Mosquitos found in traps west of Parma have tested positive for West Nile Virus, according to the Canyon County Mosquito Abatement District.
Director Ed Burnett says his technicians found early signs of the virus on Friday morning. They decided to conduct more tests before announcing the finding on Tuesday.
“We’re just a little surprised that it’s this early in the season,” he says.
West Nile is endemic to Idaho, but usually, Burnett says, his team doesn’t find the virus until late June. He cites heavy rainfall and light flooding as two main reasons for the early appearance, since mosquitoes need standing water to breed.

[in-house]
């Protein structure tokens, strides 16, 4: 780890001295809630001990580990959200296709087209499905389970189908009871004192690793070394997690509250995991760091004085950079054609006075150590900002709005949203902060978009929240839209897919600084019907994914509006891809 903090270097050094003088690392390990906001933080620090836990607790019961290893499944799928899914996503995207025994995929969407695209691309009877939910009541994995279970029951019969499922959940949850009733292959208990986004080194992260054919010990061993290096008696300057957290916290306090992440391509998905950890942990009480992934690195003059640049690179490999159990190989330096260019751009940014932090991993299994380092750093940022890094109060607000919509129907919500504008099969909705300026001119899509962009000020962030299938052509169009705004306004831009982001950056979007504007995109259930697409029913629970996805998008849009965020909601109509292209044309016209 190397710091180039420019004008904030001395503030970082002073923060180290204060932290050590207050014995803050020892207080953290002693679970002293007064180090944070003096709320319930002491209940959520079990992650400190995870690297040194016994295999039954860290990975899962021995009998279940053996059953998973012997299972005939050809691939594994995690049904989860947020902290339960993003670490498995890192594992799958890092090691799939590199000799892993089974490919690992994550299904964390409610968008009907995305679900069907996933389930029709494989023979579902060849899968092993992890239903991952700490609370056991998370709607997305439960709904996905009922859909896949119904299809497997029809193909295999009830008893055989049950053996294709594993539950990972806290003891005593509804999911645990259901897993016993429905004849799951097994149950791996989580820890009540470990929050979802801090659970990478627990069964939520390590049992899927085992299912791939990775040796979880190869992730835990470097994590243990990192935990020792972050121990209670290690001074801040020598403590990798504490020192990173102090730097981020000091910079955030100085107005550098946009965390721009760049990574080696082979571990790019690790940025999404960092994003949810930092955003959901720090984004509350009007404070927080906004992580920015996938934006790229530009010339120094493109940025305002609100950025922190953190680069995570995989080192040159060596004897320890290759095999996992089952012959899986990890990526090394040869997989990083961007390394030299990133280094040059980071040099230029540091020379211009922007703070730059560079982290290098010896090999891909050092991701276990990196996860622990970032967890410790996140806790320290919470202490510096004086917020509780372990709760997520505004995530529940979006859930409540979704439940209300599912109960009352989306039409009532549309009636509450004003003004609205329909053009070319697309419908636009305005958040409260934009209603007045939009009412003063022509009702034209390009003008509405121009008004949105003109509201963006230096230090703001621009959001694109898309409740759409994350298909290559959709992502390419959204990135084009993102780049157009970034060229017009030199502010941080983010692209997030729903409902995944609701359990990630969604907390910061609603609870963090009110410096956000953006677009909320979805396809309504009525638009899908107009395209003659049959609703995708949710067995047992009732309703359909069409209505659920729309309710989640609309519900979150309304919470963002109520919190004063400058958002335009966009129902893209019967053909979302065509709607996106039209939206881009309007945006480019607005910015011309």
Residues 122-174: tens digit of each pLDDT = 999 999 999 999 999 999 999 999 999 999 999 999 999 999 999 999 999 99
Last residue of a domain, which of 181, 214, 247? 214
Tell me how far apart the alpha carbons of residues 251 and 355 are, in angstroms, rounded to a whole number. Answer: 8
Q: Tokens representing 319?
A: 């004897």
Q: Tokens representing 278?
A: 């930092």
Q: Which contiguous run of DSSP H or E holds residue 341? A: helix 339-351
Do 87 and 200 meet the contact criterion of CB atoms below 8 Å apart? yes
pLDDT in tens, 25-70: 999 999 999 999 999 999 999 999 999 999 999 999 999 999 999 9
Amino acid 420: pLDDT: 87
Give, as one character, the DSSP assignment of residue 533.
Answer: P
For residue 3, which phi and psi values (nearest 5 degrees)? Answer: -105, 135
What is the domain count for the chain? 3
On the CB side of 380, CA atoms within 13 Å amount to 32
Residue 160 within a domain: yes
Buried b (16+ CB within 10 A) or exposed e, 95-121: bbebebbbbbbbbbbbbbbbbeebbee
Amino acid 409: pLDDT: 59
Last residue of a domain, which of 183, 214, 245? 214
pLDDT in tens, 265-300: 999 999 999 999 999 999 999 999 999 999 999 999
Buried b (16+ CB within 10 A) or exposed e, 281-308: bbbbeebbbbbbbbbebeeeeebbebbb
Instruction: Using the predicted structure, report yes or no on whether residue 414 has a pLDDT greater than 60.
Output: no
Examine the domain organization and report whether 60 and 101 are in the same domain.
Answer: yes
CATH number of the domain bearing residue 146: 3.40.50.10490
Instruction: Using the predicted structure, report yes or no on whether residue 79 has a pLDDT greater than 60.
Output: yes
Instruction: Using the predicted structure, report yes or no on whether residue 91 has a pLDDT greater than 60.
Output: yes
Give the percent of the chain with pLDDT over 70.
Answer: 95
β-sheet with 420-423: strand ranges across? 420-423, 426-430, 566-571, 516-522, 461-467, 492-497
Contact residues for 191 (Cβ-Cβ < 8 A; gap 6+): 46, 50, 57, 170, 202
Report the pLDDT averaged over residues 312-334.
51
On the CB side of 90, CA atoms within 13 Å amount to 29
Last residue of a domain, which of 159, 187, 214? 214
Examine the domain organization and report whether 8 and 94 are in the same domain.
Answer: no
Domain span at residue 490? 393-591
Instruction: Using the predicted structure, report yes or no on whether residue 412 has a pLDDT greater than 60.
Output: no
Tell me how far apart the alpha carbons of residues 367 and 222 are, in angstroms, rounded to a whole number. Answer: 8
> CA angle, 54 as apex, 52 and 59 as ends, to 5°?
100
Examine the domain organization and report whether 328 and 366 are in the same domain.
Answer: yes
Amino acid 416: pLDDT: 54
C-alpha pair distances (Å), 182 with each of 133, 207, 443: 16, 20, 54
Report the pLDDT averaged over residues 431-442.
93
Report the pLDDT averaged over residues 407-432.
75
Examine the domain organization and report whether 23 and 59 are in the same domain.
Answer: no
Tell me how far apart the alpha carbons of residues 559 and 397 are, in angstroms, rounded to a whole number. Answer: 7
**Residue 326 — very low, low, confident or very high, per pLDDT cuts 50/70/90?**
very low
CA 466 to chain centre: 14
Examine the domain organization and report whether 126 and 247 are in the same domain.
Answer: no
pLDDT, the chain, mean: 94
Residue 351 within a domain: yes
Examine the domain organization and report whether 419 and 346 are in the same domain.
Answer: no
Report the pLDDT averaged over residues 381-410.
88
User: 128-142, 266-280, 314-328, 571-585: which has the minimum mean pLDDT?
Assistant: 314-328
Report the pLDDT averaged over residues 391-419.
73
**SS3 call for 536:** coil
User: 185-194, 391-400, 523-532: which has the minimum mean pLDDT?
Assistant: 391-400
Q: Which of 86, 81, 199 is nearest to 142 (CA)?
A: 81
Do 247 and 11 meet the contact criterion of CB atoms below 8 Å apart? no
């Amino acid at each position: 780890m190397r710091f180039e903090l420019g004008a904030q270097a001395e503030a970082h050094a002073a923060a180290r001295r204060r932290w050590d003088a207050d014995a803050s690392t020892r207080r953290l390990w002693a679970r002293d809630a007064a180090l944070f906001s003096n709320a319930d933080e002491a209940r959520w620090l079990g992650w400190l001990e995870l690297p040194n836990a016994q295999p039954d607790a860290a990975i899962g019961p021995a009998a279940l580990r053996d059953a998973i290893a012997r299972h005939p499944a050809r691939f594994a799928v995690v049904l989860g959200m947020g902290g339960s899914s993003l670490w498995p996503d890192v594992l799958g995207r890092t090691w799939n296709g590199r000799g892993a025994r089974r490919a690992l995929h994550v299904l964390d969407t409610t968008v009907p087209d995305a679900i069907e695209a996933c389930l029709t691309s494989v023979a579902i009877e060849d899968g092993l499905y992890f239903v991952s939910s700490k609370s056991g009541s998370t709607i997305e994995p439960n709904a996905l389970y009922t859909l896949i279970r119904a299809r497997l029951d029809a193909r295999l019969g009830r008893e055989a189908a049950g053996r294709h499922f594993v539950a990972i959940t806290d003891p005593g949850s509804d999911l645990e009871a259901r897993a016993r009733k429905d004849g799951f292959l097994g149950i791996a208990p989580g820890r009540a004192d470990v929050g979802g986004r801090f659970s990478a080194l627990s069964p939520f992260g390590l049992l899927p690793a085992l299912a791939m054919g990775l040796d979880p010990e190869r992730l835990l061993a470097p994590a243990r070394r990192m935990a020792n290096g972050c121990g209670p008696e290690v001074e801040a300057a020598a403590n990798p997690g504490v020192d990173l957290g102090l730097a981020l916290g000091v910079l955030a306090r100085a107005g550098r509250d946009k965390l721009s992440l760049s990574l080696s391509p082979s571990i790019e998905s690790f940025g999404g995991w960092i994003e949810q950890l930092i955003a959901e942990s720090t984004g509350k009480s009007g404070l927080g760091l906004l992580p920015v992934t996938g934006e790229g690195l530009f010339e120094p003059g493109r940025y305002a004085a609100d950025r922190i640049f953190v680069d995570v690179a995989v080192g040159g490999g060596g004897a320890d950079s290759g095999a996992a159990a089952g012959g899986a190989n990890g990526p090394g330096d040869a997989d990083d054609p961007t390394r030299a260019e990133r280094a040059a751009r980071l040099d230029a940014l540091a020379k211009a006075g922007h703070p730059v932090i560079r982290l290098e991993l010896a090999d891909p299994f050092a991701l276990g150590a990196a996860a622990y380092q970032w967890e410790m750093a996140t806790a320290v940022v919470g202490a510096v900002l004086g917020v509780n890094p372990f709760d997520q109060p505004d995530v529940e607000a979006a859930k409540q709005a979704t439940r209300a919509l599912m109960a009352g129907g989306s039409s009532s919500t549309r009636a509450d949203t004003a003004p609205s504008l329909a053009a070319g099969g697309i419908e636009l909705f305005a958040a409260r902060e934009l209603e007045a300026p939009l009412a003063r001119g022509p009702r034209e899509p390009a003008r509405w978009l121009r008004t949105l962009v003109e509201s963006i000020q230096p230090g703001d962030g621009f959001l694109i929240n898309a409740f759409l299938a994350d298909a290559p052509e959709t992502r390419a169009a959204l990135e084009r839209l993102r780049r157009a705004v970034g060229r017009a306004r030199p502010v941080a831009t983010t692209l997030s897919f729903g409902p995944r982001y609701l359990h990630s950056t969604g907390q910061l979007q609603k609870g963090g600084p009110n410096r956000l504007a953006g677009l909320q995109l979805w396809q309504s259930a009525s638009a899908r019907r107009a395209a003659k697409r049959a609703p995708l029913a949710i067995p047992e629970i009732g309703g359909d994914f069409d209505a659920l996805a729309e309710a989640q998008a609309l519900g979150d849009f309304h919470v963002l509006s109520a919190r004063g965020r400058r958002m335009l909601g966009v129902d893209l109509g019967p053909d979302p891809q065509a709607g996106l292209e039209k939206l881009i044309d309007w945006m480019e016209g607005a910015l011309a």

“Couple those standing water conditions—and there’s many in any particular yard—with hot temperatures, and those mosquitos can lead to a definite problem,” Burnett says.
To prevent the mosquitoes from breeding—and the virus from spreading—Burnett recommends making sure not to let water stand stagnant.
“Bird baths—dump them out every few days. Pet dishes—do the same thing,” he says. “Don’t let that water stay in there.”
In all of 2017, Idaho saw 25 cases of West Nile Virus, according to the Department of Health and Welfare.
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